Starring Charlize Theron, Patrick Wilson & Patton Oswalt
Increasingly so, Diablo Cody (Juno, Jennifer’s Body) is proving she’s the most important name on a film’s poster and with Young Adult, her most mature work to date, she’s undoubtedly shaken off the one-trick-pony shackles. Cody is a writer with a natural talent for fleshing out interesting, multi-dimensional characters and her latest is by no means an exception, telling the intriguing, albeit occasionally plodding, story of a woman who’s all too difficult to love. Mavis Gary (Theron), a writer of a series of ‘young adult fiction’ books, is in her late thirties and has nothing but her pomeranian for company. When she receives an email revealing her ex-boyfriend Buddy (Wilson) has had a baby she decides to show her face in the town she grew up in and maybe, just maybe, win back the love and affection of her old flame.
On paper this looks like the type of disposable tween-trash Lindsay Lohan would agree to do, but in the hands of Cody and Jason Reitman (Up in the Air) it’s a surprisingly deep character study shot through with macabre humour and emotional gravitas. Reitman is a quietly consistent director and he always manages to deliver concise, absorbing stories in a style that never seems to smother the original material. In a way he’s the Michel Gondry to Cody’s Charlie Kaufman: he gives the creator space to experiment but grounds it in a way that never lets it wander off into a sea of self-indulgent waffle. Throughout the film we see the world through the desperate eyes ofMavis and the novel she’s working on is used as a form of internal monologue to present her thought pattern to us. It’s quite a blatant device but Cody writes with enough wit and flare to keep it fresh.
Mavis is such a flawed person that in a way she is in fact the film’s biggest flaw. She’s just such a destructive, self-obsessed individual that time spent in her company verges on unbearable at times. But for this Cody deserves credit for having the sheer audacity to tell a story from the point-of-view of a character who possesses very few redeeming characteristics. On the other end of the spectrum is Mavis‘ ex-highschool acquaintanceMatt Freehauf (Patton Oswalt) who brings enough warmth and humanity into the mix to balance things out. A beautiful fusing of Cody’s sensibilities and an award-worthy performance from Oswalt makes for a character that absolutely transcends the conventions of the ‘highschool loser’. The bond that Mavis and Matt have initially feels contrived but the more we watch them develop the more we see a believable and unpredictable connection form.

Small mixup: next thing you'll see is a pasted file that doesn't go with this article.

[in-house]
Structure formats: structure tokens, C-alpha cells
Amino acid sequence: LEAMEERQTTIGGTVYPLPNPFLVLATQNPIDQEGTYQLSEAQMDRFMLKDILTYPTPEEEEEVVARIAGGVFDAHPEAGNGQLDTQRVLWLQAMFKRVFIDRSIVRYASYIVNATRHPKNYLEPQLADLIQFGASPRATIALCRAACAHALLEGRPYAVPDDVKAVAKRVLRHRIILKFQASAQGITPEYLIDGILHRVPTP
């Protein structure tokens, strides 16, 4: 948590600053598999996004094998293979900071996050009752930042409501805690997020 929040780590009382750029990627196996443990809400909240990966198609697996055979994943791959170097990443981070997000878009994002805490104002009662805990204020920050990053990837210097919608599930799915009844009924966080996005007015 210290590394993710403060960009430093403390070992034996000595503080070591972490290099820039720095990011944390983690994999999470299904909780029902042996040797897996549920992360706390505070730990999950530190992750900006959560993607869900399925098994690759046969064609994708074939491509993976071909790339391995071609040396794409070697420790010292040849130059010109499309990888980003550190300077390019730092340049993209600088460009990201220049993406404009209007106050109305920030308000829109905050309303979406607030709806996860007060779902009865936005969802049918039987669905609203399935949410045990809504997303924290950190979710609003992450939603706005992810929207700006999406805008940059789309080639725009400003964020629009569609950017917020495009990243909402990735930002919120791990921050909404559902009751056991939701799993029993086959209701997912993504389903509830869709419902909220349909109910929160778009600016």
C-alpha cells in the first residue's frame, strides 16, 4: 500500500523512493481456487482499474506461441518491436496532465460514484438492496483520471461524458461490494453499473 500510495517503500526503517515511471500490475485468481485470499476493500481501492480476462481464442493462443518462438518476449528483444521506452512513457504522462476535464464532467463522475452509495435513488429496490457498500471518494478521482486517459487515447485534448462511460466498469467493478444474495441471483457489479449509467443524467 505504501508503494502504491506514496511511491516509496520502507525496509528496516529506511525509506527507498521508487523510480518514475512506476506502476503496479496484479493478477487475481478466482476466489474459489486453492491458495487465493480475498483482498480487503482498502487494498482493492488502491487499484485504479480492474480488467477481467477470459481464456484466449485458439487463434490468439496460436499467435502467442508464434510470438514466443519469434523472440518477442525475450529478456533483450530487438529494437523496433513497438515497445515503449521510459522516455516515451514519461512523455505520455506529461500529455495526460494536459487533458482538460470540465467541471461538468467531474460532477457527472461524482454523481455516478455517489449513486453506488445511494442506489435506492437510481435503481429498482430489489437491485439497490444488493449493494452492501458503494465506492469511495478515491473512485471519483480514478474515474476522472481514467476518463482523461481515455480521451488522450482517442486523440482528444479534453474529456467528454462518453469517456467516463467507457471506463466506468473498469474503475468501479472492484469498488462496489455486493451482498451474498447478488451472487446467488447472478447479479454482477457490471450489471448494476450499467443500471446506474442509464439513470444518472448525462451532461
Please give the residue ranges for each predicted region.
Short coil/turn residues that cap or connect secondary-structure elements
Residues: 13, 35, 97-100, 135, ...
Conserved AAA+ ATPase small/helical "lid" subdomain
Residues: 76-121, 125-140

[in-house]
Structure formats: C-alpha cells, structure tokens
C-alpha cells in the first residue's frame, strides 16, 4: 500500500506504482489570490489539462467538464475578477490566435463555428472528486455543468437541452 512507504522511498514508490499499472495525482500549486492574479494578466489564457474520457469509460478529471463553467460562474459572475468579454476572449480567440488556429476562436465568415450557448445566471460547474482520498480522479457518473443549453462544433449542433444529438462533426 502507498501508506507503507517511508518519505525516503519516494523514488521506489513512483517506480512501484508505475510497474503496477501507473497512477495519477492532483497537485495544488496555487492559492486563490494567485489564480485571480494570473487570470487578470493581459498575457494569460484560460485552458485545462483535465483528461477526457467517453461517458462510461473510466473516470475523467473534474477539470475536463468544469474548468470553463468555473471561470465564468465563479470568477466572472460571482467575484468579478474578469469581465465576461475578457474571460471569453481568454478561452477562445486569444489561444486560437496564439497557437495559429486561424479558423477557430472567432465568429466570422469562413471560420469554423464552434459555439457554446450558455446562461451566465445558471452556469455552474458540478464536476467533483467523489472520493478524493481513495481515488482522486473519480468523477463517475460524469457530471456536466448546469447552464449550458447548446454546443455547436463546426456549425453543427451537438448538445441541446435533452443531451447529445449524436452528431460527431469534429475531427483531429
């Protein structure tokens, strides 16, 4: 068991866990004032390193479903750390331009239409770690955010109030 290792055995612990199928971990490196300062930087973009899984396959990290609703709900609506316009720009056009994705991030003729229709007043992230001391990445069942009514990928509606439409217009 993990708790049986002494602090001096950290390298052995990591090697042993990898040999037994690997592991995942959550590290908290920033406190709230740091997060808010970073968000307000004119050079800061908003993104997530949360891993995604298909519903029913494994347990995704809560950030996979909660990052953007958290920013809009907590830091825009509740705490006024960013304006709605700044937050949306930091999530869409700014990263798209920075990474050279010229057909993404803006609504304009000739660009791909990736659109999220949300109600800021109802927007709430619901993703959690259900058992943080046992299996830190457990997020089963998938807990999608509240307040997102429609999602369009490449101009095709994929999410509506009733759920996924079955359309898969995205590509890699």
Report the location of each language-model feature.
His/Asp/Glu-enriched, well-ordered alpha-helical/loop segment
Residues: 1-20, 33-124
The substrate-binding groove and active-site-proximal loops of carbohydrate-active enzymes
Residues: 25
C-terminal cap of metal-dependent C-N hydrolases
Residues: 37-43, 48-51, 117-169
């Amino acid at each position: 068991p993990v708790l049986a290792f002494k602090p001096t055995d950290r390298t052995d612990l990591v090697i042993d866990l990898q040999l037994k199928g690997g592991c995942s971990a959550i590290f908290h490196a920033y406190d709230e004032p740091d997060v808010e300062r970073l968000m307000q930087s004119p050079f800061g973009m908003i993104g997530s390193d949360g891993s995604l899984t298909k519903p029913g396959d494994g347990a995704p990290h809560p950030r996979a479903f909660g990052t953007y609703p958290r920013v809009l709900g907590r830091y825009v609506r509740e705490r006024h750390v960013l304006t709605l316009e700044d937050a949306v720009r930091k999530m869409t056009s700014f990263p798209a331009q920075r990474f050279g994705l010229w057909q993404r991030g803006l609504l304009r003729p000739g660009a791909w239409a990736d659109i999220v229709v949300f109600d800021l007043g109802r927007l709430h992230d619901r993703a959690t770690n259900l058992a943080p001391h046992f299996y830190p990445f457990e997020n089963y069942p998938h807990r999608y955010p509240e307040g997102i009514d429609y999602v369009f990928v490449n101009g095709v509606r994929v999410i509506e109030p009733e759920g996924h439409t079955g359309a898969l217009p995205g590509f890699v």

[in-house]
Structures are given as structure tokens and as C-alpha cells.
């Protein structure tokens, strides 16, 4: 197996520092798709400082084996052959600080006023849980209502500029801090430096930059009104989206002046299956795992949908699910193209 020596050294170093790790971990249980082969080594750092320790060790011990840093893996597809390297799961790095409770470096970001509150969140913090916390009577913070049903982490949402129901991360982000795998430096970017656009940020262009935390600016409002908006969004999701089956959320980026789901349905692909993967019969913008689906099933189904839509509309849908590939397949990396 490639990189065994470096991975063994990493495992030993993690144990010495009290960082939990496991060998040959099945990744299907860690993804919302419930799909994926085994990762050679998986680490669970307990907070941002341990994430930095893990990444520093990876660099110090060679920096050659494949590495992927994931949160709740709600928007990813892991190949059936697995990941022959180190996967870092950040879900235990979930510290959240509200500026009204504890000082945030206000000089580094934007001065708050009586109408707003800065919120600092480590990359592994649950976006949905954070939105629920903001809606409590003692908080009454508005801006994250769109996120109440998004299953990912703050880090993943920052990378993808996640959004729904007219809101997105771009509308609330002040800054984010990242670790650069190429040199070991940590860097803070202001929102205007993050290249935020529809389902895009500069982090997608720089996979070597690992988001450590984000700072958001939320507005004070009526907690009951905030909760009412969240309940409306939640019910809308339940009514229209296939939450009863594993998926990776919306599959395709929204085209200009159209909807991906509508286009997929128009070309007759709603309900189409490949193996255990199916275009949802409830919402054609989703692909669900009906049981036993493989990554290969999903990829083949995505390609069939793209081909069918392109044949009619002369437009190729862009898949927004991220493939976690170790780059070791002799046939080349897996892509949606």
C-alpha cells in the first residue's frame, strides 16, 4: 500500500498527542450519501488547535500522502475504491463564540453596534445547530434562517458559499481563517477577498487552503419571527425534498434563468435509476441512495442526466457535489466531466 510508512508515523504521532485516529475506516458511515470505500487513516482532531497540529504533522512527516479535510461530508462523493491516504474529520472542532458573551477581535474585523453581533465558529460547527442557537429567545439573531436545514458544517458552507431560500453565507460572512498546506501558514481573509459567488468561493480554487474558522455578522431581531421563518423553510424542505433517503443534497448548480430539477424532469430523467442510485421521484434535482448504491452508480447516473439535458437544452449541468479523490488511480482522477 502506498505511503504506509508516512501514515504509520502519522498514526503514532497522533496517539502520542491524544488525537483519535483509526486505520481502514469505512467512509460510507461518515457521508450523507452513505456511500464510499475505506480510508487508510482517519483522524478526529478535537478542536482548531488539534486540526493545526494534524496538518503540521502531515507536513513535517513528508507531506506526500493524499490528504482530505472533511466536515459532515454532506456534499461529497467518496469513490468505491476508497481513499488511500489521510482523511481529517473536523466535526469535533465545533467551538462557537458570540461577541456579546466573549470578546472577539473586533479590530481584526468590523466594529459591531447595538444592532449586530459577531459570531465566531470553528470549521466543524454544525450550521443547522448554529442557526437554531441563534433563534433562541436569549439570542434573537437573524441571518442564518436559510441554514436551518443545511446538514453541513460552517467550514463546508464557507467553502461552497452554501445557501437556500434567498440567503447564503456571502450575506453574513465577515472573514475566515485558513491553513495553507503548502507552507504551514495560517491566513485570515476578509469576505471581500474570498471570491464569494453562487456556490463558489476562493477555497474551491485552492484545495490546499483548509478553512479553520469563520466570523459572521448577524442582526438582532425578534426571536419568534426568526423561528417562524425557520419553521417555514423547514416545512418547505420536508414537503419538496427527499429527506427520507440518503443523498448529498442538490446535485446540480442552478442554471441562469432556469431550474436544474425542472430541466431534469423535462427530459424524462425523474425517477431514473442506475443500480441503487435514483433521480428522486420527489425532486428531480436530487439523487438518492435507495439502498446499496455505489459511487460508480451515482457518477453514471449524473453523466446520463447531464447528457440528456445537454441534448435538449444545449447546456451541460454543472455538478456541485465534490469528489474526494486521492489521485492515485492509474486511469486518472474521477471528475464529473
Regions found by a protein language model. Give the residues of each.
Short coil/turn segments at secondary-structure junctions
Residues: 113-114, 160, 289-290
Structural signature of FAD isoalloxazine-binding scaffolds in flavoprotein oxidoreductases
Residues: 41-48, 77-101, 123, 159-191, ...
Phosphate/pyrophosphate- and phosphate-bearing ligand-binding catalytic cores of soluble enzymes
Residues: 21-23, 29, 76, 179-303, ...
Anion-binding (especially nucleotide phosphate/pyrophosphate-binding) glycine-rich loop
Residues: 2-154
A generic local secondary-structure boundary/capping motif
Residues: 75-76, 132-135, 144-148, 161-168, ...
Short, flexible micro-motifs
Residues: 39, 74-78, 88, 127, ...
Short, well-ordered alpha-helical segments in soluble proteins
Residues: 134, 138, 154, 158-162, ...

But not all the characters are quite as fascinating, particularly Buddy who feels like an empty shell at times. Having said that, this works with the narrative and feels like a conscious decision made by Cody. He’s presented to us as a regular guy who’s put his youth in his rear-view and it’s hard for us to see the desperate, confused adolescent thatMavis sees in him. But as we witness his character develop we begin to view things fromMavis‘ perspective and his hypocritical, non-committal side begins to rear it’s cowardly head. But he’s far from being a completely unsympathetic character and showing things from numerous perspectives is something the film skilfully accomplishes. We even occasionally see glimpses of ourselves in Mavis such as the scene where, while waiting alone in a restaurant, she bashes in random keys on her Blackberry at random in order to appear busy. It may not be something we all do but I guarantee a large proportion of audiences will be able to relate to that moment.
Without giving too much away, suffice to say Young Adult leaves you with a sour taste in your mouth and, like its central character; it starts to outstay its welcome as it draws to a close. In a way it’s a frustrating experience spending 90 minutes with a character who uses others for her own personal gain in such a despicable fashion. But this is a sign of brave storytelling and marks a step in the right direction from the admittedly tweeJuno. It’s a film that’s definitely worth seeing, if not for the universal themes then for the magnificent nuanced performances from Theron and Oswalt and, of course, the terrific screenplay. Diablo Cody and Jason Reitman truly are shaping up to be a cinematic duo we can count on.